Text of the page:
3.2 Lead researchers have responsibility to ensure that a climate of mutual co-operation is created in which all members of the research team are encouraged to develop their skills and in which both the open exchange of ideas and supportive criticism are fostered.
3.3 Researchers should ensure that they have the necessary skills and resources (University Login required) to conduct their research and to access relevant training as appropriate or contact the University Research Office or Organisational Development (University Login required) for signposting to appropriate courses). Staff supervising other staff or students must ensure that appropriate direction of research and supervision is provided, as well as training and opportunities for development and the necessary resources to enable them to conduct their research to the required standards.
4.1 While recognising the need for researchers to protect their own and the University's research interests in the process of planning their research, obtaining and publishing the results, and seeking to develop the outcome of their research into application (where relevant), the University encourages researchers to be as open as possible in discussing their work with other researchers, and with the public. Research may be undertaken under conditions of confidentiality; however, these conditions should be as narrowly defined as appropriate to the research activity.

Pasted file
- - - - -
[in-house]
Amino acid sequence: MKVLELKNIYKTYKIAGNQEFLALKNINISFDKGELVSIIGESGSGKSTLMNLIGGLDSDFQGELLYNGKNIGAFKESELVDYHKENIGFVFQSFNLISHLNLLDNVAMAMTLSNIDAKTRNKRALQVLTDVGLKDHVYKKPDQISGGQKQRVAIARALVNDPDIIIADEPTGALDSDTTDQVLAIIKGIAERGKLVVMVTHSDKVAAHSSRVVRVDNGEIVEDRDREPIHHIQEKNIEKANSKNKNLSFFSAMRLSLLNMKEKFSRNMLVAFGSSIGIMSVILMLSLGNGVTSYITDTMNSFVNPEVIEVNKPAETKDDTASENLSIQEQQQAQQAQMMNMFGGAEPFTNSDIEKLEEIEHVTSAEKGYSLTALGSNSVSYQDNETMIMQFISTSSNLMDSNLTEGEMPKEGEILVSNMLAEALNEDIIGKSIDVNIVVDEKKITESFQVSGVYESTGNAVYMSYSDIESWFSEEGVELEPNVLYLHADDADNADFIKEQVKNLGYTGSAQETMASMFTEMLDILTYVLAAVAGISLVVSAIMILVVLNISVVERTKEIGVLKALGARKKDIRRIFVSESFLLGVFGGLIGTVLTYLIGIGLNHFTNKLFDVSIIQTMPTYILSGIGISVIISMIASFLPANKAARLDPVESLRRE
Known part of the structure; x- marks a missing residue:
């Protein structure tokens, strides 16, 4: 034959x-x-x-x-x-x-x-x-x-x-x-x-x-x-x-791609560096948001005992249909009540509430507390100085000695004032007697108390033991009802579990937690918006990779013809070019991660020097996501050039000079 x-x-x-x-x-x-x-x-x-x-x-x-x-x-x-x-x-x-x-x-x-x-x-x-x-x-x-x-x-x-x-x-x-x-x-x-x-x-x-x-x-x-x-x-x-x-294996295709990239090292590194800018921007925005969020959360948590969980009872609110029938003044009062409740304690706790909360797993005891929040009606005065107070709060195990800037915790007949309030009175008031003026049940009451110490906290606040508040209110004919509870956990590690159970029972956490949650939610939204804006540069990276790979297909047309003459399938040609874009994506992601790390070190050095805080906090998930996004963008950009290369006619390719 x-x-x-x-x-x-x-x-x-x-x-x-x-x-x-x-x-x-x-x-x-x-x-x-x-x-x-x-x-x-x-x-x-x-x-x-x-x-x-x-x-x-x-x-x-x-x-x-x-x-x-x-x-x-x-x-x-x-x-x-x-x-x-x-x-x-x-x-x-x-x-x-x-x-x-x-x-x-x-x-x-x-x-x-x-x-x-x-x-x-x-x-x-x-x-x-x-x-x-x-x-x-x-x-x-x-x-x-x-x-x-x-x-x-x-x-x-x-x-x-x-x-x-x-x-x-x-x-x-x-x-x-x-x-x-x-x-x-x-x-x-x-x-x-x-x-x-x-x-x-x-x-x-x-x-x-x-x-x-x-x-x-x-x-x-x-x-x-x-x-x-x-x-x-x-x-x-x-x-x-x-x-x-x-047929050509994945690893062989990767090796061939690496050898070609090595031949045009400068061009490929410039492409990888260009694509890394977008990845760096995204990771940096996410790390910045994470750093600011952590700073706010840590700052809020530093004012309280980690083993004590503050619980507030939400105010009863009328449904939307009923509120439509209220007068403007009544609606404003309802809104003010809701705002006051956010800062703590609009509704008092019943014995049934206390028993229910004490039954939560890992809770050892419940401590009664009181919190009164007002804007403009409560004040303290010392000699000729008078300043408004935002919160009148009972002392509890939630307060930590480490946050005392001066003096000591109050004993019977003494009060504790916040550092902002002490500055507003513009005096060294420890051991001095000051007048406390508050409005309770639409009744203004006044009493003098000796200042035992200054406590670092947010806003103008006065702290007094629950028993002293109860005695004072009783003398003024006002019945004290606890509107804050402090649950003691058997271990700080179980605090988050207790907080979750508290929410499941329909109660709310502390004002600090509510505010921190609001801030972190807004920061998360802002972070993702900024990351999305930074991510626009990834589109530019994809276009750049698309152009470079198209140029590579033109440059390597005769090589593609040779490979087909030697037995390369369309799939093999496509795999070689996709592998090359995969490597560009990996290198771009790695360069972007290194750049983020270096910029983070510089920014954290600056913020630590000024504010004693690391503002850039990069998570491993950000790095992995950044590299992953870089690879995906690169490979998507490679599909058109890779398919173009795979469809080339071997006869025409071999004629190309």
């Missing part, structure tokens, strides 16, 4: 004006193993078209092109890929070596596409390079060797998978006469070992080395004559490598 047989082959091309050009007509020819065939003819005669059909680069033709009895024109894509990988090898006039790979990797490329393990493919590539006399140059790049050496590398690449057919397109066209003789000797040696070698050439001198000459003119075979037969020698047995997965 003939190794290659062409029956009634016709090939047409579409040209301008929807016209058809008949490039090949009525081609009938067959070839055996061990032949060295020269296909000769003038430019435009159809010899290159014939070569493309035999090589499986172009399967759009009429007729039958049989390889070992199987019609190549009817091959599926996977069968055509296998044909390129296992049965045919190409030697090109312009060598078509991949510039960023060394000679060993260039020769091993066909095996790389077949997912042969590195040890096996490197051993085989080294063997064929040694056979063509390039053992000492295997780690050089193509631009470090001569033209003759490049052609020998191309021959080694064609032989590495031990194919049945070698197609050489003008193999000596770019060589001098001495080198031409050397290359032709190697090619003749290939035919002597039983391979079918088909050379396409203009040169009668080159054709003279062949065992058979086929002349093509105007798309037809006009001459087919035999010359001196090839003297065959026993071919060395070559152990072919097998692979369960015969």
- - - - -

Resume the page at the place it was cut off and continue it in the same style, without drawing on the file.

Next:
4.2 Once results have been published the University expects researchers to make available relevant data and materials to other researchers on request, provided that this is consistent with any ethics approval and consents which cover the data and materials and any intellectual property rights in them and wherever possible disseminated via Open Access Forums.
4.3 Researchers must adhere to the requirements of the Freedom of Information Act.
5 Guidance from professional bodies
5.1 Researchers are expected to observe the standards of research practice set out in guidelines published by funding bodies, scientific and learned societies and other relevant professional bodies.
5.2 All researchers should be aware of, and comply with, the legal requirements which regulate their work.
5.3 Researchers should be aware of the expectations of the University as a publicly funded institution, and should act accordingly. They should ensure that any research undertaken complies with any agreements, terms and conditions relating to the project, and allows for proper governance and transparency.
6 Ethical Approval